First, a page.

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In southern Vietnam, these rolls are called GỎI CUỐN, meaning salad rolls, while in northern Vietnam, these rolls are called NEM CUỐN, meaning NEM rolls. In central Vietnam, it is simply called “rice paper” roll. In the West, these rolls are called by several different English names, including “salad roll,” and “summer roll.” Sometimes the word “Vietnamese” is added at the beginning of these words, for example, in Hong Kong they are called “Vietnamese roll,” or “Vietnamese spring rolls” in Australia and the United States, though specifically in Australia they may sometimes be referred to as “Cold rolls”. Some Asian restaurants in the United States also refer to them as “crystal roll” “soft roll” or “salad roll”.
Fresh rolls are easily distinguished from similar rolls by the fact that they are not fried and the ingredients used are different from (deep-fried) Vietnamese egg rolls. In Cambodia, Vietnamese GỎI CUỐN are called nime chao meaning “Raw rice paper” where they are have a unique technique of production in Siem Reap and Battambang areas. Another dish called “Kuy Tieu Kat” (Cut rice noodle) are created from steaming the water mixture and adding meat vegetables and other assorted condiments. In Japan, they are called nama harumaki (“raw spring rolls”), and are typically filled with shrimp.
The fillings can vary from the standard pork slices, pork sausage slices (CHẢ), and shrimp; fish, pan-fried seafood (such as squid), beef poached in a lemongrass broth, tofu (for vegetarians), grilled NEM NƯỚNG sausages, braised pork, and egg are among some of the other popular spring roll variations.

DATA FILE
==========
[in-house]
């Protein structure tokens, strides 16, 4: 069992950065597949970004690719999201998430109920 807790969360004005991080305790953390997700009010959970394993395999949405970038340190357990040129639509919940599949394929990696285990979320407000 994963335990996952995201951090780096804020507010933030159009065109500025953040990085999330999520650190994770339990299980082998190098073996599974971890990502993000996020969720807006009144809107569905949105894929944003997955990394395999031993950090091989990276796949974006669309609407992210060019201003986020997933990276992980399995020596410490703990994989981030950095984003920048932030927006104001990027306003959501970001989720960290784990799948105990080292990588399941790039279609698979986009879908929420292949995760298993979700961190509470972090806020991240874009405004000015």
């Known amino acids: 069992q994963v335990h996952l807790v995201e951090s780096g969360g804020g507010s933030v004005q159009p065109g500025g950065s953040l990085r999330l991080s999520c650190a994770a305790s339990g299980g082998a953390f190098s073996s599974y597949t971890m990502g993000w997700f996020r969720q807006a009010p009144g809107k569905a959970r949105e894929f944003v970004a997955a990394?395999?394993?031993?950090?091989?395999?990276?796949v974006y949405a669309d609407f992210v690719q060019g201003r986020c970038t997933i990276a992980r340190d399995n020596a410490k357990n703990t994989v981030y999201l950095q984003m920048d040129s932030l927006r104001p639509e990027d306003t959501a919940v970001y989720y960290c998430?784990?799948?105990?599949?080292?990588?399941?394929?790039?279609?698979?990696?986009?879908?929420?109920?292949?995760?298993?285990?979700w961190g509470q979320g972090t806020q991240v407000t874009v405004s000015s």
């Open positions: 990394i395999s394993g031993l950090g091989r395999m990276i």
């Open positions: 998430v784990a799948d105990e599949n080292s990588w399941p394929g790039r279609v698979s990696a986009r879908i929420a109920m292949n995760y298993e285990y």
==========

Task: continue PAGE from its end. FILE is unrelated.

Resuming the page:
Prawn and Pork Salad Rolls RECIPE:
- 500 gr Prawn, cooked, lenght-wide halved cut
- 500 gr pork meat, cooked, thinly slice
- Rice papers
- 500 gr fresh rice noodle (or dried rice noodle cooked as package’s direction) (or BÚN, RICE VERMICELLI)
- Butter lettuce, Vietnamese herbs (Vietnamese basil, Vietnamese coriander or PERSICARIA ODORATA, fish mint, pepper mint, sweet mint, …), Garlic chive
- Veggies-julienne pickle, crushed roasted-peanuts (optional)
- 100 gr Vietnamese fermented soybean-tương hột (or hoisin sauce)
- 100 ml coconut water (or fresh water)
- 50 gr peanut butter (Optional)
- 20 gr sugar
- 2 tsps hot chiles, finely chopped
- 2 garlic cloves, finely chopped
- 2 nos shallot, chopped
- 1 tbsp cooking oil
- Damp the rice paper by spraying water, let them soft in a few seconds. Assemble with noodle, meat, herbs, prawn.
- Wrapping as picture below:
- Serve with dip
- In hot sauce pan, add oil, sweat the shallot, garlic a couple minutes.
- Mix soybean with coconut water (or water), add to the sauce pan, turn down to medium heat.
- Add peanut butter (if using), sugar, and simmer to desired consistency sauce.
- Adjust seasoning by add more sugar or water (because fermented soybean is salty).
- Ladle the sauce into serving bowl, top with chopped chili, peanut, pickle, fried shallot and serve as a dip.